On its surface, Sweetness and Lightning is a lighthearted show about a semi-recent widower, Kouhei Inuzuka, who’s raising his kindergartener, walking stomach, and foodie-in-training Tsumugi. Each episode, with few exceptions, is comfort food in its own right and boils down to the following formula: when something reminiscent of her mother (typically food-related) upsets the usually energetic Tsumugi, her father, with aid from a family friend and her mother’s instructions, makes a meal that cheers Tsumugi up.

It’s a deceptively simple, feel-good anime with "aww" factor enabled by simultaneous empathy for the stations of motherless daughter and wifeless father coupled with their mutual joy in overcoming emotional trials via the salve of heartwarming food and the sense of past and home it invokes. For as many moments that the show could linger on darker emotions, Sweetness and Lightning never dwells on the negative. Instead, each episode focuses on a parent’s drive to keep his child healthy and as happy as naturally possible. But in Episode 9, there’s a single shot followed by a series of three-second intervals that drive home the Kouhei’s loneliness.

Kouhei gets home after leaving Tsumugi at school for a sleepover, before which the students made curry for their families. Upon walking in, he says, “I’m home,” to an empty apartment. As much as this act is an ingrained daily custom, the apathetic delivery and unlit hallway betray a darker reality. His daughter, the usual light of life, is not there and neither is his late wife (obviously). This hits home in one second due to three main contrasts.

Firstly, the lighting (or rather lack thereof) is distinct from previous episodes for its blue-black bleakness — its lack of vibrant (bordering on noisy) colors. The second contrast is the silence; there’s no laughter, no crying, no breath — just emptiness. This plays into the third contrast, which is directing the focus on a singular character instead of the focal father-daughter pair. For the first time, viewers are alone with Kouhei, and it’s truly shocking how much his actions after his entry convey about his loneliness as former husband and temporarily empty-nested father.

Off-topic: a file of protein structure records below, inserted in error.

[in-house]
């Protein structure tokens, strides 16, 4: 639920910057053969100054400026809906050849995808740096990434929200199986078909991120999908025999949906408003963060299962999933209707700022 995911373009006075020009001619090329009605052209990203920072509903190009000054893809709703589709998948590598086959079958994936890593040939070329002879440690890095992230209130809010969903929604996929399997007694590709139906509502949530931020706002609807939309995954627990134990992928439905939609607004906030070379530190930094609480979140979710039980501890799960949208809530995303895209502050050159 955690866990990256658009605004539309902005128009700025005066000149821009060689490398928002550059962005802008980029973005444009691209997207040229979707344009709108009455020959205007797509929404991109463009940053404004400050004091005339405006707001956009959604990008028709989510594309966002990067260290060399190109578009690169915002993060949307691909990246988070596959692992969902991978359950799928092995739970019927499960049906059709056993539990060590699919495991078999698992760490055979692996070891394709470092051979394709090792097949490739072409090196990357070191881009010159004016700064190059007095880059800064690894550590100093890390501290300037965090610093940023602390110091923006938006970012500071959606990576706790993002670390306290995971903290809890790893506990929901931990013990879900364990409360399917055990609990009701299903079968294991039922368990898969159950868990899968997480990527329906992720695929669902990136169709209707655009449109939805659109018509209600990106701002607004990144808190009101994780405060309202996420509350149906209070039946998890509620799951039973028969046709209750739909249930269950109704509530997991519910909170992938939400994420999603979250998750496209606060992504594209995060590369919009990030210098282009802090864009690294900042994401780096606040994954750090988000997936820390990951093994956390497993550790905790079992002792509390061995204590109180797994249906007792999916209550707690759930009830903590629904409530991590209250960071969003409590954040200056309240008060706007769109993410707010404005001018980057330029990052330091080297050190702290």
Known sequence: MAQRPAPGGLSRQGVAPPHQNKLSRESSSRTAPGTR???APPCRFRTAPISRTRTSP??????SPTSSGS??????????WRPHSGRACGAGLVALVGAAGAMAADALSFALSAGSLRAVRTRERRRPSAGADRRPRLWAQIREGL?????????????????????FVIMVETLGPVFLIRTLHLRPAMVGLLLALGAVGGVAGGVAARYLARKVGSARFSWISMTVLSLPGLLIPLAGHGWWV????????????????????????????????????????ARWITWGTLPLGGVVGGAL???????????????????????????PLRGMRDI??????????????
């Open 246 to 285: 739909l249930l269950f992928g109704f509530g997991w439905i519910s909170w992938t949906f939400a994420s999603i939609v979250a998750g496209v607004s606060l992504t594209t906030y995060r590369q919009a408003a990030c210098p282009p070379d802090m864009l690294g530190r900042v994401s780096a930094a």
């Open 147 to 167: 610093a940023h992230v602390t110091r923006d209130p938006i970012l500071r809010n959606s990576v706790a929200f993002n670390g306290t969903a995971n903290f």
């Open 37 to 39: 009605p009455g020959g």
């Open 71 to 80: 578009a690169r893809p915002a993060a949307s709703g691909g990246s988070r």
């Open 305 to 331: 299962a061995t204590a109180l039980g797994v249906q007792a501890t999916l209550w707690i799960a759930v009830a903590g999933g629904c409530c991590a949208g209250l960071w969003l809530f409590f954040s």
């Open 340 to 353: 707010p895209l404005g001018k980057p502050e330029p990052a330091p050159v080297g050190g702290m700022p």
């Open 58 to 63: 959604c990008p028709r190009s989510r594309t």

In short succession, three-second intervals show Kouhei walking down a dark hallway, turning a light on (off camera), walking into a formerly unlit living room, plopping down in front of the TV (but not turning it on), looking at an analog clock, washing dishes, ironing, and closing the doors to his wife’s shrine. All these actions are done with a facial expression that betrays obligatory routine performed by a mind otherwise occupied. The three-second intervals stop with a prolonged sequence featuring Kouhei picking up, tightly carrying (as if hugging) under one arm, and looking at Tsumugi’s stuffed pig-sheep before letting it fall loosely to his side.

Some of these intervals are referenced later when Tsumugi returns home and announces as much to, in order, the shrine and the stuffed pig-sheep. There’s another moment where Tsumugi silently looks at the shrine and becomes mildly pensive, which parallels the lack of sound during the audience’s time alone with Kouhei. After this, and Kouhei's discovery of his late wife’s three-page cook book (three-page cookbook … three-second scene intervals … c’mon!), Kouhei decides to make at-home curry. The twist that makes this a great Snapshot? The curry’s food to soothe Kouhei’s troubled soul, not Tsumugi’s. After all, she has nothing but a cheerful face recalling her times eating curry with her mom. It isn't until she sees her dad sitting in silence, bent over his late wife’s cookbook, that she becomes solemn. Kouhei is, for once, the one obsessed with a dish of his late wife. It’s a role reversal on an epic scale, and it hits like an emotional brick through a glass heart for all its sweetness and light.


Sweetness and Lightning is currently streaming on Crunchyroll.

 

 

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